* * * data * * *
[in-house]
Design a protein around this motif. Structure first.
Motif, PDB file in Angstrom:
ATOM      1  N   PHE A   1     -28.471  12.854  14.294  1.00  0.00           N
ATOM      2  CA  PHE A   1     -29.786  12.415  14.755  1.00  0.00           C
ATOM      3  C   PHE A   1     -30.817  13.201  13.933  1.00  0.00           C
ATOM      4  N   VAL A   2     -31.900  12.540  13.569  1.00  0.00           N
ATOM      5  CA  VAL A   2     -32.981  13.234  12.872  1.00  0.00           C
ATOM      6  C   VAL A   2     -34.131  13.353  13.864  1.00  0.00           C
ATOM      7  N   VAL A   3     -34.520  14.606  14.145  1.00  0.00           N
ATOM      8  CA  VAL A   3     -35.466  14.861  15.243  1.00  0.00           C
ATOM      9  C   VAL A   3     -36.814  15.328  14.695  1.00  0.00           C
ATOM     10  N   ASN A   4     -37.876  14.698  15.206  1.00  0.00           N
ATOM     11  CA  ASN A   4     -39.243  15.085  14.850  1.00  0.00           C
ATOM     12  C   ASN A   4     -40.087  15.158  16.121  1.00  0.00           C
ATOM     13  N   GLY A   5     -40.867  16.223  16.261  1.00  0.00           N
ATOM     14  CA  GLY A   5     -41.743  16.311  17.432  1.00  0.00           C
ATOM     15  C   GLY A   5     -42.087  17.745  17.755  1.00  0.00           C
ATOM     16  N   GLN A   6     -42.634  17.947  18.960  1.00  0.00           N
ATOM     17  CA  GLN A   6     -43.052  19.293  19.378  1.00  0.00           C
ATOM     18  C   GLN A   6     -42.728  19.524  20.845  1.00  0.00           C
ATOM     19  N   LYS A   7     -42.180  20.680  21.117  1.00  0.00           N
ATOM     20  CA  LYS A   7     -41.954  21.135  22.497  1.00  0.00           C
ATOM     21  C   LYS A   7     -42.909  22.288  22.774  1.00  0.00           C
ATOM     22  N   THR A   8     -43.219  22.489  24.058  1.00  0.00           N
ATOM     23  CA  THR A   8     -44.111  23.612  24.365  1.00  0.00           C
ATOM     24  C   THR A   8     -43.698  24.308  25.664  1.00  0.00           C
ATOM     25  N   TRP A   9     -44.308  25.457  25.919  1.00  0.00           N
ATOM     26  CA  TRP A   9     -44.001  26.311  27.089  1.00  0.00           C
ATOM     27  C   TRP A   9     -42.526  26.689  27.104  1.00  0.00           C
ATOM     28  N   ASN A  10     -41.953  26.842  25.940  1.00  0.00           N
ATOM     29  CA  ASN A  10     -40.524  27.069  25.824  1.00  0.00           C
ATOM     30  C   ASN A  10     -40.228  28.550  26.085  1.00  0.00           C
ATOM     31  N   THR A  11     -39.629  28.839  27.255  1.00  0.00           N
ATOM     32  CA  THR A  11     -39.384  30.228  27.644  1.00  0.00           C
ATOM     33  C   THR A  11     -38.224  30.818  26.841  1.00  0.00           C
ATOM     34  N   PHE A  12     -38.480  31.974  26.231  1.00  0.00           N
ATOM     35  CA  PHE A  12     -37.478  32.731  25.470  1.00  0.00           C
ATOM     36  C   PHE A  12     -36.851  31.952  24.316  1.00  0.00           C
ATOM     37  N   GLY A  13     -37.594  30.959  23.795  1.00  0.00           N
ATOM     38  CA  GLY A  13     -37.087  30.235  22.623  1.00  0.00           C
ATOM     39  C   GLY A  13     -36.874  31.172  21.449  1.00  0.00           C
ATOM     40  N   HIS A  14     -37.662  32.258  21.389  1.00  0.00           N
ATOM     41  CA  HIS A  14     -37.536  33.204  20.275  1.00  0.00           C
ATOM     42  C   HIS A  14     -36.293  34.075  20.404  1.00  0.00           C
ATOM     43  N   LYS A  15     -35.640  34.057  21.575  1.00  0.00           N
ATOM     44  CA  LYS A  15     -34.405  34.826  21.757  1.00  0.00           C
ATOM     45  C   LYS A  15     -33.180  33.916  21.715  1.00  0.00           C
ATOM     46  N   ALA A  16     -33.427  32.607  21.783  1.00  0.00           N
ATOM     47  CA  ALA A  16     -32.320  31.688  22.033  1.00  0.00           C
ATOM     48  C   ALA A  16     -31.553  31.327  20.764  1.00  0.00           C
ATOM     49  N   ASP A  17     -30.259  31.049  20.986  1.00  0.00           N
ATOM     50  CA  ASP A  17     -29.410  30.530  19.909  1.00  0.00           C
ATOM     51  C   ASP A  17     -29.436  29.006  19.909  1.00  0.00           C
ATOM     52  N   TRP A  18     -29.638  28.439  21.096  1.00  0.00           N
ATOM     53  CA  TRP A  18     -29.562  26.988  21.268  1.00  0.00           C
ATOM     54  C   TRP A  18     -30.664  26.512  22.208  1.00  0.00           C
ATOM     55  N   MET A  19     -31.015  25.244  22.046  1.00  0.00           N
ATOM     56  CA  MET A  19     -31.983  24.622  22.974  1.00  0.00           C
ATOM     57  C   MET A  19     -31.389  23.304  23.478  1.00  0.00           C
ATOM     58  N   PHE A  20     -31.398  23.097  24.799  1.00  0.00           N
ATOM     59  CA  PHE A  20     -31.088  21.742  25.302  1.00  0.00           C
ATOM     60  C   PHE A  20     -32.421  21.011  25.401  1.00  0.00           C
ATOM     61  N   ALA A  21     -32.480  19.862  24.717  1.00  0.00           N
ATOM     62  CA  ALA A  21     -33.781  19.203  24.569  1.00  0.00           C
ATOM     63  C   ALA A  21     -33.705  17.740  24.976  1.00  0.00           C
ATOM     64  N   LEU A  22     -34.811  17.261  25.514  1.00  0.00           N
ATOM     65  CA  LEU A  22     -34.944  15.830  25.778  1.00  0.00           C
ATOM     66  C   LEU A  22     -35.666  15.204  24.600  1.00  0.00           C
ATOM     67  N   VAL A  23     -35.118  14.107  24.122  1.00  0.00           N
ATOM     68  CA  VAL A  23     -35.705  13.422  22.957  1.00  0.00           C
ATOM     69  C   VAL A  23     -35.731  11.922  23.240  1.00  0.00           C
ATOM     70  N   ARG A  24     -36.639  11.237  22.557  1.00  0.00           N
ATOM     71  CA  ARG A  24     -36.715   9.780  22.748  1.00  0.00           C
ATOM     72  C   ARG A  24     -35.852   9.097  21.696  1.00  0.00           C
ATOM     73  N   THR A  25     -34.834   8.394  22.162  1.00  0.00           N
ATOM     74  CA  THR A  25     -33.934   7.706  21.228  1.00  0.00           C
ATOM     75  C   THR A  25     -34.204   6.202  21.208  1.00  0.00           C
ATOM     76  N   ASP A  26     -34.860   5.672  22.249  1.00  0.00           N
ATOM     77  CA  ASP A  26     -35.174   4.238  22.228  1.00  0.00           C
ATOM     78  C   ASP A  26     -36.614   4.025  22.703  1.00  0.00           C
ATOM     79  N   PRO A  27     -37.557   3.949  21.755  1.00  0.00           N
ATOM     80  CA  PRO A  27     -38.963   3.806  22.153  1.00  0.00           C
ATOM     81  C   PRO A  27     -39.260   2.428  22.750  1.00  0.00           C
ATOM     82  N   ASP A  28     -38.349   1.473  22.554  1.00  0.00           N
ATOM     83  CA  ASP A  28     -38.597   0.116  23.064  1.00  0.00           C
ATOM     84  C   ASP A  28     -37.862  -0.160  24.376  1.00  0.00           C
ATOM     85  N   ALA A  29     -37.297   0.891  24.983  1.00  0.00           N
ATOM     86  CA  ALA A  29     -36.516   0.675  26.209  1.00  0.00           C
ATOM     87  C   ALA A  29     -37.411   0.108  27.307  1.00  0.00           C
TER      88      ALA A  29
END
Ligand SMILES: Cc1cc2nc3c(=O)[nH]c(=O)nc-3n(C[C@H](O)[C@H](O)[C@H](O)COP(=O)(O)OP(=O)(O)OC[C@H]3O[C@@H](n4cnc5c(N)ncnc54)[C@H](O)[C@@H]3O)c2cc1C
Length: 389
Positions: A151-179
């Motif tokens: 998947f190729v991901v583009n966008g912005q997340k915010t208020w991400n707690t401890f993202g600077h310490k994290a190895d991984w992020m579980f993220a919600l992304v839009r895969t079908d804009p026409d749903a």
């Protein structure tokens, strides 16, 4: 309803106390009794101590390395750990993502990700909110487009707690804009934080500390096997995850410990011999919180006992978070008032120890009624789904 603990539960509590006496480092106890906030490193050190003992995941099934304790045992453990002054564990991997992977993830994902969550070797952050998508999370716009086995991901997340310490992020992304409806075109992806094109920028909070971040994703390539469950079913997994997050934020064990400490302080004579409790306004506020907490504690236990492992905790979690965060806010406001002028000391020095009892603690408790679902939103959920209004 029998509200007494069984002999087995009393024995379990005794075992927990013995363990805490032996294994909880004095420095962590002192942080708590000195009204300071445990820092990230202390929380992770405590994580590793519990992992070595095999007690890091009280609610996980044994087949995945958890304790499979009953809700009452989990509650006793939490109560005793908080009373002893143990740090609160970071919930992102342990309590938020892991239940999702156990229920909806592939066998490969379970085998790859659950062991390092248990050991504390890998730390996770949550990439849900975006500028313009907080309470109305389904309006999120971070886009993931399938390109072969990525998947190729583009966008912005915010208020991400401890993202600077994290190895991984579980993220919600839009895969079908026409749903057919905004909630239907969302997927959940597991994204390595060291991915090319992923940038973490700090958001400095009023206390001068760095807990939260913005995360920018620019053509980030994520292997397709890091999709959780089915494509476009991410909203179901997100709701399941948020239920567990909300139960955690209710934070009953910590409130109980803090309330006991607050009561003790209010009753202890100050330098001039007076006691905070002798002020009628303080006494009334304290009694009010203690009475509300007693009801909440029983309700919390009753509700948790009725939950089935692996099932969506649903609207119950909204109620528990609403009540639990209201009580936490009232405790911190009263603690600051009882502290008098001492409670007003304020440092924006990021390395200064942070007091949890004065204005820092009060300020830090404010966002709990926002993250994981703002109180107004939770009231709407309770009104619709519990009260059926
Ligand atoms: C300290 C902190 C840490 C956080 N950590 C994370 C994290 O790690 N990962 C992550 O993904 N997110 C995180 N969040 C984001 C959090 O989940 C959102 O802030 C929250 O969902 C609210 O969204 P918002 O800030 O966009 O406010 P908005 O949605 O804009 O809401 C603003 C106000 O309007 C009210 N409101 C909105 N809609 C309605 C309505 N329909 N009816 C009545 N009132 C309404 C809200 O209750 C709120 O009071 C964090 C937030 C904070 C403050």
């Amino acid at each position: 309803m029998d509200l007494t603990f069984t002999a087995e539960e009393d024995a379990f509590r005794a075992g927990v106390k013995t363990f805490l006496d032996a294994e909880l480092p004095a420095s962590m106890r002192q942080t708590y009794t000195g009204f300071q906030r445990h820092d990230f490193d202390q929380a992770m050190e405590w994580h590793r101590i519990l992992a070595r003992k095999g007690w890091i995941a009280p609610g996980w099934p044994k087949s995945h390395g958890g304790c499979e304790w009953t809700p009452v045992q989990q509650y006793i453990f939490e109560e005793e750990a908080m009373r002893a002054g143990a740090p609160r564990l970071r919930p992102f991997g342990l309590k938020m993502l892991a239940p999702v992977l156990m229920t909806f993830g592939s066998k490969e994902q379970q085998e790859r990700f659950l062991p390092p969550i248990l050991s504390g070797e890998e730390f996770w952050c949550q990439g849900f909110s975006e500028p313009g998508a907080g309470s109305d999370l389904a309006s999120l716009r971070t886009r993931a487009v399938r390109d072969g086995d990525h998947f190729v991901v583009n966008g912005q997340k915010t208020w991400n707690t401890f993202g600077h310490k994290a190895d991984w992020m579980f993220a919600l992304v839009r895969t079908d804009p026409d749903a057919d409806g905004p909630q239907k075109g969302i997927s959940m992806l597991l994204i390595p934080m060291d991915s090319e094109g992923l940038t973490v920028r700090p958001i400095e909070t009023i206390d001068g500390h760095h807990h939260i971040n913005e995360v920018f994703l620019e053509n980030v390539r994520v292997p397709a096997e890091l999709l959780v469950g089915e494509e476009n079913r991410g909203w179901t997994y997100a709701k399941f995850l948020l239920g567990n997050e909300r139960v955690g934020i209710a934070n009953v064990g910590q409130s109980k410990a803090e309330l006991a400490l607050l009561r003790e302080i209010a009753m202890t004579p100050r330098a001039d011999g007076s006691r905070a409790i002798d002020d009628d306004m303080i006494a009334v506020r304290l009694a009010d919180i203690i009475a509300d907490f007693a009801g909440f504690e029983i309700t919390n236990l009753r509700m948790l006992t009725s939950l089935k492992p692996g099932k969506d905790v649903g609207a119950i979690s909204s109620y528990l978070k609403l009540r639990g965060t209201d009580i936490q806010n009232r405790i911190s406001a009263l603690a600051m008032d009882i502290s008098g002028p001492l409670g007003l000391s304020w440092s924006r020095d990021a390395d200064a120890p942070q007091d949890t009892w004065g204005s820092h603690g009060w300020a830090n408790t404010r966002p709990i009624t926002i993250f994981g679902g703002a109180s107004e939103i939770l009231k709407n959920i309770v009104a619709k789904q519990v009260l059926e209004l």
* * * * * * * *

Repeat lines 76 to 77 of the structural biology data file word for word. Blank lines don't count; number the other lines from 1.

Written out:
ATOM     73  N   THR A  25     -34.834   8.394  22.162  1.00  0.00           N
ATOM     74  CA  THR A  25     -33.934   7.706  21.228  1.00  0.00           C